Firefighters struggle to contain deadly wildfires raging across Europe
Firefighters in France, Portugal, Spain, the U.K. and other parts of Europe on Tuesday continued to battle raging wildfires that have forced thousands to flee and caused several deaths.
The big picture: Countries across Europe are facing record-breaking temperatures as a deadly heat wave grips parts of the continent.
- Studies show that as the climate warms, the frequency of heat waves dramatically increases — as does the severity and longevity of such events, per Axios' Andrew Freedman.
Driving the news: "The European heatwave is ... exacerbating the scale and intensity of wildfires currently raging across southern Europe, especially in southwestern France, Spain and Portugal," the Copernicus Atmosphere Monitoring Service warned Tuesday.
- "Tinder dry conditions and extreme heat" are worsening the risk of wildfires, with "a large proportion" of western Europe in "extreme fire danger," including some areas in "very extreme fire danger," the CAMS warned, citing data from the European Center for Medium-Range Weather Forecasts.
Some of the worst blazes are in southwestern France, where firefighters are struggling to contain weeks-old and new fires in La Teste-de-Buch, Landiras, Vensac and other towns, per The Guardian.
- The blazes in the Gironde region have spread across 27,000 acres, CNN reported. Tens of thousands of people have been displaced.
- Several campsites near Dune du Pilat, Europe's tallest sand dune and a popular tourist destination, have been destroyed, per The Guardian.
In Spain, at least two people, including a firefighter, have been killed as fires rage in the northwestern province of Zamora.
- A man in Tábara is being hailed a hero after dramatic footage showed him narrowly escaping a fire that engulfed his excavator as he dug a trench to protect his town, per Reuters. He was taken to the hospital with severe burns.
- So far, at least 20 blazes have burned more than 11,000 acres of land from the southern part of the country to the northwest, The Guardian reported, citing Spanish officials.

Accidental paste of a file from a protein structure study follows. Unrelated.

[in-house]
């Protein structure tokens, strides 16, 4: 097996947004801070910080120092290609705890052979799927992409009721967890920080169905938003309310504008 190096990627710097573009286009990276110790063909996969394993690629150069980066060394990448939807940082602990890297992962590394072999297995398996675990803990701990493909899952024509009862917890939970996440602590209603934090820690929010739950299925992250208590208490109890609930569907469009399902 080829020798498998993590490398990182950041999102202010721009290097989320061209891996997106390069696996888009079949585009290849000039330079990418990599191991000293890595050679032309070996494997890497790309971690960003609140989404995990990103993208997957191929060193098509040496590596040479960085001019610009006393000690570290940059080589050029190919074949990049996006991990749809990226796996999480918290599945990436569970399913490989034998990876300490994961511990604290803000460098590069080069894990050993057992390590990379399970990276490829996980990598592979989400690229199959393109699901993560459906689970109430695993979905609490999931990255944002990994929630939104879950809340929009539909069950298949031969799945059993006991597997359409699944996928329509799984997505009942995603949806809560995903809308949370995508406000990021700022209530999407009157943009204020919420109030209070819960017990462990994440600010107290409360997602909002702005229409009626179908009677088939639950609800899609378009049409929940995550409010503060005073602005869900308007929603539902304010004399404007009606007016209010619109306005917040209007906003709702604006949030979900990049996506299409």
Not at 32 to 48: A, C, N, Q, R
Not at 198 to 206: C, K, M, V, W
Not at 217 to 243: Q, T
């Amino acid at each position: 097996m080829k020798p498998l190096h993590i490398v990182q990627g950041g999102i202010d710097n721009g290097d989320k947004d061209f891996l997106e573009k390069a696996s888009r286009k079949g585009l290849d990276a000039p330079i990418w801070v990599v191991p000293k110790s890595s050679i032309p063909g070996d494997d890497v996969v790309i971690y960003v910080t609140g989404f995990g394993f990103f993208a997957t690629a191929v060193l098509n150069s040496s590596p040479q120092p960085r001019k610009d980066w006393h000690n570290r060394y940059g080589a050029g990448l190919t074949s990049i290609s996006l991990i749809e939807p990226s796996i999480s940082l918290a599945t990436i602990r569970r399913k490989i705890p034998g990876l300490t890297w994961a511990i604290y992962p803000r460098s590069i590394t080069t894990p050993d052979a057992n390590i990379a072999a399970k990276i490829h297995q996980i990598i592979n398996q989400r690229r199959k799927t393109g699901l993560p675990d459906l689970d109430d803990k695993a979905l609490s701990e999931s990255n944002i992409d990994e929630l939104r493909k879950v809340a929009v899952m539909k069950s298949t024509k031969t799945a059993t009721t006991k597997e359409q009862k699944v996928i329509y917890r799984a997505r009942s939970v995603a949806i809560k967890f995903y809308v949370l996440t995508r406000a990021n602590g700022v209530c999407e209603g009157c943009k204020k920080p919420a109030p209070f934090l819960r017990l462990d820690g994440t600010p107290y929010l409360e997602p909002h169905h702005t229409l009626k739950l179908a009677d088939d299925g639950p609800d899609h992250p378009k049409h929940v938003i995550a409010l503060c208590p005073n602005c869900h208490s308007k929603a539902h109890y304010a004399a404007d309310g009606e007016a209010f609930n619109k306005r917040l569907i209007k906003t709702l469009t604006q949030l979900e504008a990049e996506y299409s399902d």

- Worth noting: More than 1,100 heat-related deaths in Spain and France have been recorded since the latest heat wave began.
- London officials on Tuesday declared a "major incident" after several "significant" fires broke out in and around the city.
- The London Fire Brigade encouraged London residents to avoid having barbecues or bonfires on Tuesday, saying the "ground is incredibly dry, which means even the smallest sparks could cause a fire."
- Earlier Tuesday, the U.K. broke its national record for the highest temperature ever registered, with a provisional reading of 104.36 degrees Fahrenheit (40.2 degrees Celsius) at London's Heathrow Airport, according to the country's weather service.
- Fires have also broken out in other parts of England and Wales, the BBC reported.
- At least four deaths have been blamed on fires in Portugal, per The Guardian.
- More than 1,000 firefighters are battling blazes across northern and central parts of the country, according Portugal's National Emergency and Civil Protection Authority.
- Initial estimates show that more than 24,000 acres have been burned in the district of Vila Real, the country's state broadcaster RTP reported Tuesday, citing the mayor of Murça in northern Portugal.
Other parts of world
- Firefighters are also responding to fires in Croatia, Hungry and Greece. Two areas on the outskirts of Athens were evacuated as fires threatened homes.
- The fires in Europe come as officials are struggling to contain blazes in Morocco, South Korea, parts of the U.S. and elsewhere around the world, per Reuters.
Editor's note: This story has been updated with additional details throughout.